Anyway, the clip I selected isn’t the best quality (and I’m hoping it doesn’t get my YouTube account suspended…eek!), but the dancing is wonderful with Xiomara Reyes and Angel Corella.  The Cubans are always so jubilant and effervescent which makes Reyes a great pick for this (although even she lags behind just a hair on the steppy-steps!  Farrell does it best from what I’ve seen), and I thought this was a perfect role for Corella.  I’ve seen clips and he was “wow” in Corsaire, “HOLY SMOKES!” in Don Q, but I loved him in this the most.  He has a really infectious smile, and is just really buoyant and plain old happy throughout (and I like his little hoppy tours…whatever they’re called).  The reason why I selected this is because their fish dive of doom is by far the most exciting one out there.  I like the purity of line with Farrell/Martins straight body positions, but Reyes has some MAJOR air time and Corella dips her so close to the floor it’s cramazing.  Enjoy!

By the way, last night when I was downloading this video and editing it, it disappeared and was “unavailable” for a few minutes and I was totally creeped out and was almost convinced that the Balanchine Trust was after me.  It was totally Jennifer Garner in Alias.

Also, I should mention that it seems Miami City Ballet is doing it this season, so here’s an excerpt from them, and the Ballet du Capitole de Toulouse has some more substantial excerpts from the pas deux and variations for a better picture of what the entire pas de deux looks like.  It’ll have to do!

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3 Responses to “DANGER! DANGER! Tchaikovsky Pas de Deux!”

  1. Karena October 1, 2009 at 8:51 am #

    You can also see some of Tchai PDD on Violette and Mr. B–Violette Verdy coaching dancers in various roles. You see some rehearsal footage of her working with them, and some very fuzzy clips of Violette dancing. The whole DVD is pretty wonderful.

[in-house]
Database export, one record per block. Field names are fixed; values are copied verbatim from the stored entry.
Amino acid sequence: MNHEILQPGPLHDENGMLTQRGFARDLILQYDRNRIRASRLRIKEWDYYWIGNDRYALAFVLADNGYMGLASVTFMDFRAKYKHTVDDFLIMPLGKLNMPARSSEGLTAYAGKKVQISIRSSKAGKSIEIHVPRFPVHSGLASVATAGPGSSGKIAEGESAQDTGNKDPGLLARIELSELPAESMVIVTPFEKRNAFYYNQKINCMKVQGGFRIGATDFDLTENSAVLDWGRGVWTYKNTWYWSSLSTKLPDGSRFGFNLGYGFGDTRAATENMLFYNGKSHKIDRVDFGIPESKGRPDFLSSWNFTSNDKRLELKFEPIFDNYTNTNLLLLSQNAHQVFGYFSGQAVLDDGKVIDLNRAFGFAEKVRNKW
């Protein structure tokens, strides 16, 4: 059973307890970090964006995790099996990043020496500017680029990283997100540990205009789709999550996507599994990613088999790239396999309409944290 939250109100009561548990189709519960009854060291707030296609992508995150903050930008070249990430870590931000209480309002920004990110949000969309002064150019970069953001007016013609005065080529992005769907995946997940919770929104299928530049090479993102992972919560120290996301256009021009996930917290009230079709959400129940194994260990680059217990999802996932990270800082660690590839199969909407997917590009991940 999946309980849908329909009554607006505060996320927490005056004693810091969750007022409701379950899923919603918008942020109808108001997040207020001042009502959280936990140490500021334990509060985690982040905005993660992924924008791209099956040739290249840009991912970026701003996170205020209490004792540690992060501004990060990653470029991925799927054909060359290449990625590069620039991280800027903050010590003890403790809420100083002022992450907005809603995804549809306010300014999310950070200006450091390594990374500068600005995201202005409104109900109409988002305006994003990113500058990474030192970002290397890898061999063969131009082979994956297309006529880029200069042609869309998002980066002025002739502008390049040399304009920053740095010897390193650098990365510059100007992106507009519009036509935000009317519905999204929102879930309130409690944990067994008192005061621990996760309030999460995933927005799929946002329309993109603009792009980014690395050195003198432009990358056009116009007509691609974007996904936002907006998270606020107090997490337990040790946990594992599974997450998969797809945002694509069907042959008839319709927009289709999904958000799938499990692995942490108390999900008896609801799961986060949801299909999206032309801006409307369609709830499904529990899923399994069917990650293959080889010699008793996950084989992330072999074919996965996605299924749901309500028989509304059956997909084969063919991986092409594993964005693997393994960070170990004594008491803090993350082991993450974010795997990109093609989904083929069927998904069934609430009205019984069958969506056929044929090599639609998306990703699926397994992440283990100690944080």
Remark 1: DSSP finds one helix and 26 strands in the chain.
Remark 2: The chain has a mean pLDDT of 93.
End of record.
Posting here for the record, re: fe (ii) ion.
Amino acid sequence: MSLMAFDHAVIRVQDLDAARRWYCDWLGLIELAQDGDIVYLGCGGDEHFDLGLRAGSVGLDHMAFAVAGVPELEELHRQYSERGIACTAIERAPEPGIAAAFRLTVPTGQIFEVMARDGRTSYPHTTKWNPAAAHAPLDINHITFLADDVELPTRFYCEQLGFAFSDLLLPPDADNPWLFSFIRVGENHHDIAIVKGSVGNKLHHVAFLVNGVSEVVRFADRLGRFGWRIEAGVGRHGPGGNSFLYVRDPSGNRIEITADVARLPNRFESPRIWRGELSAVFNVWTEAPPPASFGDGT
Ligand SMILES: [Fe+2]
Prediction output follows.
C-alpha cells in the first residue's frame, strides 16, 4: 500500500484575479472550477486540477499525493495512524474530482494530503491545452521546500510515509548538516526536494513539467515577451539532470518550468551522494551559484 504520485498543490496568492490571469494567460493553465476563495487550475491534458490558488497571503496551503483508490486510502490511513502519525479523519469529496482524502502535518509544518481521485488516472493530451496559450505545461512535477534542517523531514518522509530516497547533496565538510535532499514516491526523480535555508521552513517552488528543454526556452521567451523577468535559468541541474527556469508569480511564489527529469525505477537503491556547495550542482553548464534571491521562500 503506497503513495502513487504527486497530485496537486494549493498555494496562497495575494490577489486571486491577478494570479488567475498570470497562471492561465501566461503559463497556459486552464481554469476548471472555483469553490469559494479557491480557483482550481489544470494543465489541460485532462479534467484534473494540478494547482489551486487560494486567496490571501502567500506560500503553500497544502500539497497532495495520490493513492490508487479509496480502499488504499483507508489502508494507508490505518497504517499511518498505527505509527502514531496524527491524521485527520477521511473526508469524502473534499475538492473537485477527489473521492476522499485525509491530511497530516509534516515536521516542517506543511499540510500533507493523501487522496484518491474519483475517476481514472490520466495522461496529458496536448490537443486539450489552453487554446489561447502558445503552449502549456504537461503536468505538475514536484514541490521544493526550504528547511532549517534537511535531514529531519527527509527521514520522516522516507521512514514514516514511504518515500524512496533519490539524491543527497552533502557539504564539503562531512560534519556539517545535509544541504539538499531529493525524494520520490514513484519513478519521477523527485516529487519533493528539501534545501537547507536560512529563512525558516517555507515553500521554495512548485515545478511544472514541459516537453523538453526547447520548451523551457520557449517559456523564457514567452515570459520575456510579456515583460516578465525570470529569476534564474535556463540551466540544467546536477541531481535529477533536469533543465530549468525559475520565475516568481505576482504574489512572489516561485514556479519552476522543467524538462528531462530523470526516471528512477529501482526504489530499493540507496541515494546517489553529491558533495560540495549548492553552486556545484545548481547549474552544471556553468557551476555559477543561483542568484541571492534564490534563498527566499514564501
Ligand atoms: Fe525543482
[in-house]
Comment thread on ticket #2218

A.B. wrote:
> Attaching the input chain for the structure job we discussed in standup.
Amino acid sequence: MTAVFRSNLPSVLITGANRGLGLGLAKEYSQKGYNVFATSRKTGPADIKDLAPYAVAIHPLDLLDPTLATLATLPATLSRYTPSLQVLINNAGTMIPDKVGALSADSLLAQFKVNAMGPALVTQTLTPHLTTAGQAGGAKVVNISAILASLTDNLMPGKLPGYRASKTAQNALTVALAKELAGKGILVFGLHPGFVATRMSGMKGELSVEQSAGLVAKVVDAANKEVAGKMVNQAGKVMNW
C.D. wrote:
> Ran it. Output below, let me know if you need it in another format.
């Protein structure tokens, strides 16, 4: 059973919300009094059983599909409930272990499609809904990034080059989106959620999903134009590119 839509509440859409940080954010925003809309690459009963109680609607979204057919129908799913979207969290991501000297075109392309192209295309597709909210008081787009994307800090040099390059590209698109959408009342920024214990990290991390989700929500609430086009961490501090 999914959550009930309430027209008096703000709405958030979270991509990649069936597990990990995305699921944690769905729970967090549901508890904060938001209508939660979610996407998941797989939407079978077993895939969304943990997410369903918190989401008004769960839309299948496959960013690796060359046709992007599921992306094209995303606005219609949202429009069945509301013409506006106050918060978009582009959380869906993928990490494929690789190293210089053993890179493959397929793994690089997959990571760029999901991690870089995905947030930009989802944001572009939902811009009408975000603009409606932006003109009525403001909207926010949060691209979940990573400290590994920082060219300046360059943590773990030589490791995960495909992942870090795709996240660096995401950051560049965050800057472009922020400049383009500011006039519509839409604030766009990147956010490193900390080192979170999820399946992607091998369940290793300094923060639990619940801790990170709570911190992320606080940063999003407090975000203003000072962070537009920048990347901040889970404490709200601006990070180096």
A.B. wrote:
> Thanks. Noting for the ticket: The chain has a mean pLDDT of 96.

• youdancefunny October 1, 2009 at 6:14 pm #

      Awesome! Thanks for the heads up, I’ll defos check it out!

Trackbacks/Pingbacks

  1. May I take your order? « You Dance Funny, So Does Me - December 15, 2009

    […] I only got interested in this whole mess because I myself got confused when I realized that there we…, neither of them being the Tchaikovsky Pas de Deux coda, and was thinking which coda appealed to me the most.  Predictably, the Tchaikovsky Pas de Deux is still my favorite of the three, even if I ignore Balanchine’s choreography.  Musically, I think it’s the most exciting, although I was curious as to what a Swan Lake Pas de Deux would look like to it.  As I mentioned earlier I don’t think it has ever been used in a Black Swan pas de deux, and it made me wonder if the 32 fouettés was a part of the choreography as well.  It’s possible that the same place Balanchine put the fouettés in the Tchaikovsky Pas de Deux (although he didn’t choreograph 32) is the same place where 32 fouettés could have gone because it’s long enough, but what makes that seem unlikely to me is the fact that in the other codas, the fouettés come pretty early on, while the possible break in the Tchaikovsky Pas de Deux which is thirty seconds longer than the other two, is towards the end.  Regardless, my questions ended up being irrelevant because 32 fouettés didn’t enter Swan Lake until the 1895 revival by Petipa/Ivanov, which is post-Sobeshchanskaya, who used the Tchaikovsky Pas de Deux version in 1877 (the original Swan Lake, by Julius Reisinger was not a success).  Well, at least I learned something. […]